Discussions about eggcorns and related topics
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Chris -- 2015-05-30
This evening I stumbled upon an illustration of a sedan chair—a passenger conveyance consisting of a seat on two long poles which are carried by a couple of people. I recalled hearing, in my youth, people using the term “Sudan chair”, and wondered if we have an eggcorn here. A bit of research determined that there is apparently a type of living-room furniture actually called a Sudan chair, but I also found a number of substitutions of “Sudan chair” for “sedan chair”, such as:
I’ve read a lot of books on Everest and other mountains , if you can get there and back you were hard core, no one gets carried on a Sudan chair.
http://forums.ski.com.au/xf/threads/eve … 933/page-3
BTW my favorite R&T April road test was the sudan chair…. Twin Turbo Lackies
http://cd.textfiles.com/spaceandast/TEX … 6NO361.TXT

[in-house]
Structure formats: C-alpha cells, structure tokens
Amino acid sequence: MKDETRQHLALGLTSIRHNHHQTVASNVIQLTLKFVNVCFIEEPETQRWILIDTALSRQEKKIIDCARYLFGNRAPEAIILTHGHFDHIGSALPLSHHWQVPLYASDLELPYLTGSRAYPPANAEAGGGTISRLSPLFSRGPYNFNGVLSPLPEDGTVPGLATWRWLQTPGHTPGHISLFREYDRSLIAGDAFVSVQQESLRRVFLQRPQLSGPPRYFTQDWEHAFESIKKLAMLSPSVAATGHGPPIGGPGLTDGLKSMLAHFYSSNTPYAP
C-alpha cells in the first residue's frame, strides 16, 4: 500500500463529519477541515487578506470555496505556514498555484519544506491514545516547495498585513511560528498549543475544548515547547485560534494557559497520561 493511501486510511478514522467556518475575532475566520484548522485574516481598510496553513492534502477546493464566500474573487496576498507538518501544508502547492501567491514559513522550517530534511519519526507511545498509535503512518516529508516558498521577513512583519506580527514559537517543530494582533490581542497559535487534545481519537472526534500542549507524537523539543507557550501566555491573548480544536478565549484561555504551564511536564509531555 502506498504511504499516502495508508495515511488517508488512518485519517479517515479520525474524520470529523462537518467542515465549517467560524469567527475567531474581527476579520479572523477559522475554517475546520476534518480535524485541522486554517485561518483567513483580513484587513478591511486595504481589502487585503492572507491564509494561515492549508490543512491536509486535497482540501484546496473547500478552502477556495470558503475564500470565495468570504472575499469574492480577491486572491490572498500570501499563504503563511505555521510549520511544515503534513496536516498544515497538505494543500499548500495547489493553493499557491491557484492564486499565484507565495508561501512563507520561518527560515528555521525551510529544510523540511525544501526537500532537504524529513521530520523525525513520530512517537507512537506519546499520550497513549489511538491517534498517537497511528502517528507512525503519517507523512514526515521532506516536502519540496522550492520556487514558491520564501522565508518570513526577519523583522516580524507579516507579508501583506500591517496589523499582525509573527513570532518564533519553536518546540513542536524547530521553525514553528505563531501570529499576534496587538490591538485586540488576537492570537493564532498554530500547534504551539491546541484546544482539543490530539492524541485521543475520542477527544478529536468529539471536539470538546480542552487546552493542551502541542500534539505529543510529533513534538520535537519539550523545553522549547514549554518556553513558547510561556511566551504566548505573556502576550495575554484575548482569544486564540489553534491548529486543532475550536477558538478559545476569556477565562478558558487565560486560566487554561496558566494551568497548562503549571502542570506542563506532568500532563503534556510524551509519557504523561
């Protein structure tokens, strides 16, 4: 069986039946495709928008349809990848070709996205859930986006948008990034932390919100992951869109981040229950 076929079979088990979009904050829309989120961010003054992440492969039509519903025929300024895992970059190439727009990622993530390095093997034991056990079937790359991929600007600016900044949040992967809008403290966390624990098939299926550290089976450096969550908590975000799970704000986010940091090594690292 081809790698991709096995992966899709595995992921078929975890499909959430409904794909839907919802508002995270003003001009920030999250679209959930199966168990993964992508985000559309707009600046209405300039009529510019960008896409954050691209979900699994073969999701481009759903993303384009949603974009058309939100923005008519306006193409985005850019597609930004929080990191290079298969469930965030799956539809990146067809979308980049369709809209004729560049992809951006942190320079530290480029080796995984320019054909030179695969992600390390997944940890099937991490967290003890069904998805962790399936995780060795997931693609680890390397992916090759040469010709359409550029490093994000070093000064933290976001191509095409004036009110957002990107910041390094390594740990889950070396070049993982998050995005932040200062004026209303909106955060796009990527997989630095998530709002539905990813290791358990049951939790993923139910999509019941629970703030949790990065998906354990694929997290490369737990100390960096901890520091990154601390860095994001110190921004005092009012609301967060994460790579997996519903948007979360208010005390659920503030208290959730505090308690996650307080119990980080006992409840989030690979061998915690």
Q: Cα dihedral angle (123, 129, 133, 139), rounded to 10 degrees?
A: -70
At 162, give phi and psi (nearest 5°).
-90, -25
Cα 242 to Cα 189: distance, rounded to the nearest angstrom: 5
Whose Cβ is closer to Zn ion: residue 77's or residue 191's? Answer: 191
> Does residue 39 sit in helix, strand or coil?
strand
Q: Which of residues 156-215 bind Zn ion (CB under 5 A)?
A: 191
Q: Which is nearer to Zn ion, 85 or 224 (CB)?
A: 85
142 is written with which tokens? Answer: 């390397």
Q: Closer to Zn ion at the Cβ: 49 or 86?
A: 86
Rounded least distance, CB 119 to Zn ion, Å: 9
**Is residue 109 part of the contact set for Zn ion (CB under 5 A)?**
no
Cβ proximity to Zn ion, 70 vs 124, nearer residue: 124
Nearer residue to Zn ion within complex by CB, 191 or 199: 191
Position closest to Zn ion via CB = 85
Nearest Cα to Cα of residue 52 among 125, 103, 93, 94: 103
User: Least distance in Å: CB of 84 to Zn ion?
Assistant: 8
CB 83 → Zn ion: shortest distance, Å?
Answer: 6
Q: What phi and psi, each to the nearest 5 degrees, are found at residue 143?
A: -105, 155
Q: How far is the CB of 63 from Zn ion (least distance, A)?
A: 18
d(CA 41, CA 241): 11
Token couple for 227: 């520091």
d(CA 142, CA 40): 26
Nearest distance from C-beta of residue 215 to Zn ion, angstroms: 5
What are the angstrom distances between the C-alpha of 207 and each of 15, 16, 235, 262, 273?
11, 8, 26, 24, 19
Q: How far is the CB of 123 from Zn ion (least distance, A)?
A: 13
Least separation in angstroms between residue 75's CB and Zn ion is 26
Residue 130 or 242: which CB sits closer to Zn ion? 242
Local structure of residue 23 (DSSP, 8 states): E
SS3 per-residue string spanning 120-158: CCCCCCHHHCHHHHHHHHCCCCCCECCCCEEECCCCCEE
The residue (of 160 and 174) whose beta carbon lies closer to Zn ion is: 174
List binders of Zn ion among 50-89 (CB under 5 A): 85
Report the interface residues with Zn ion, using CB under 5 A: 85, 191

His back is reflected in a mirror framed by the top of an ancient Sudan chair.
And when in doubt, sucker some big, strong handsome fighters to tote you around in a sudan chair.
I think “Sudan chair”, when substituted for “sedan chair”, could be an eggcorn, even though there’s also such a thing as a Sudan chair. It seems to me that since a sedan chair is a very exotic thing to most English speakers and the Sudan is likewise an exotic location to most of us, an eggcornish meaning connection could easily be predicated on the assumption (however unconscious) that the sort of chair in question originated in the Sudan.
A good DNA eggcorn—the switch is made on the basis of a semantic overlap that is not part of the core meaning. Sedan chairs are thought of as indulgent and exotic. Sudan reminds the user of the numinous world of sand and Araby.